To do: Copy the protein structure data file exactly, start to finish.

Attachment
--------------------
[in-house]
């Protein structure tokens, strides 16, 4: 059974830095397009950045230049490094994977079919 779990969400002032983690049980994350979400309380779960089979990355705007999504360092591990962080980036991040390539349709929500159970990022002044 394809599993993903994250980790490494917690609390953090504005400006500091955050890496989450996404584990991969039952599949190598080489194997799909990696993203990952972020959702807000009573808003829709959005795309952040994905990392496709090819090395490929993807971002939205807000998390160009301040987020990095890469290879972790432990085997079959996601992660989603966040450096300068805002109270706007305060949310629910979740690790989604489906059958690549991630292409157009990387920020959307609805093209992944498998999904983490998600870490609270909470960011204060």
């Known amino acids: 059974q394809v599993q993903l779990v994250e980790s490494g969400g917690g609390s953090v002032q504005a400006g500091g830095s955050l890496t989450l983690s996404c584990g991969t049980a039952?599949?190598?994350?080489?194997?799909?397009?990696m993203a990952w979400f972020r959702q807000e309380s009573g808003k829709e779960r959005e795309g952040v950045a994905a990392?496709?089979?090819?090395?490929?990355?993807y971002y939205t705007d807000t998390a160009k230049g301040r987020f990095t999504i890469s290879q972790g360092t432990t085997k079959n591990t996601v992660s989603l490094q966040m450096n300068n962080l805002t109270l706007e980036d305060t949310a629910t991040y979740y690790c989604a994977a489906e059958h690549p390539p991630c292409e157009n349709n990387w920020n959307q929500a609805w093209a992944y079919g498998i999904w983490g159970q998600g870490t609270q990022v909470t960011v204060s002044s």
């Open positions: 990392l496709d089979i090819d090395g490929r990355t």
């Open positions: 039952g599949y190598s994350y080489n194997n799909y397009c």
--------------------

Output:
[in-house]
């Protein structure tokens, strides 16, 4: 059974830095397009950045230049490094994977079919 779990969400002032983690049980994350979400309380779960089979990355705007999504360092591990962080980036991040390539349709929500159970990022002044 394809599993993903994250980790490494917690609390953090504005400006500091955050890496989450996404584990991969039952599949190598080489194997799909990696993203990952972020959702807000009573808003829709959005795309952040994905990392496709090819090395490929993807971002939205807000998390160009301040987020990095890469290879972790432990085997079959996601992660989603966040450096300068805002109270706007305060949310629910979740690790989604489906059958690549991630292409157009990387920020959307609805093209992944498998999904983490998600870490609270909470960011204060």
């Known amino acids: 059974q394809v599993q993903l779990v994250e980790s490494g969400g917690g609390s953090v002032q504005a400006g500091g830095s955050l890496t989450l983690s996404c584990g991969t049980a039952?599949?190598?994350?080489?194997?799909?397009?990696m993203a990952w979400f972020r959702q807000e309380s009573g808003k829709e779960r959005e795309g952040v950045a994905a990392?496709?089979?090819?090395?490929?990355?993807y971002y939205t705007d807000t998390a160009k230049g301040r987020f990095t999504i890469s290879q972790g360092t432990t085997k079959n591990t996601v992660s989603l490094q966040m450096n300068n962080l805002t109270l706007e980036d305060t949310a629910t991040y979740y690790c989604a994977a489906e059958h690549p390539p991630c292409e157009n349709n990387w920020n959307q929500a609805w093209a992944y079919g498998i999904w983490g159970q998600g870490t609270q990022v909470t960011v204060s002044s």
């Open positions: 990392l496709d089979i090819d090395g490929r990355t």
């Open positions: 039952g599949y190598s994350y080489n194997n799909y397009c």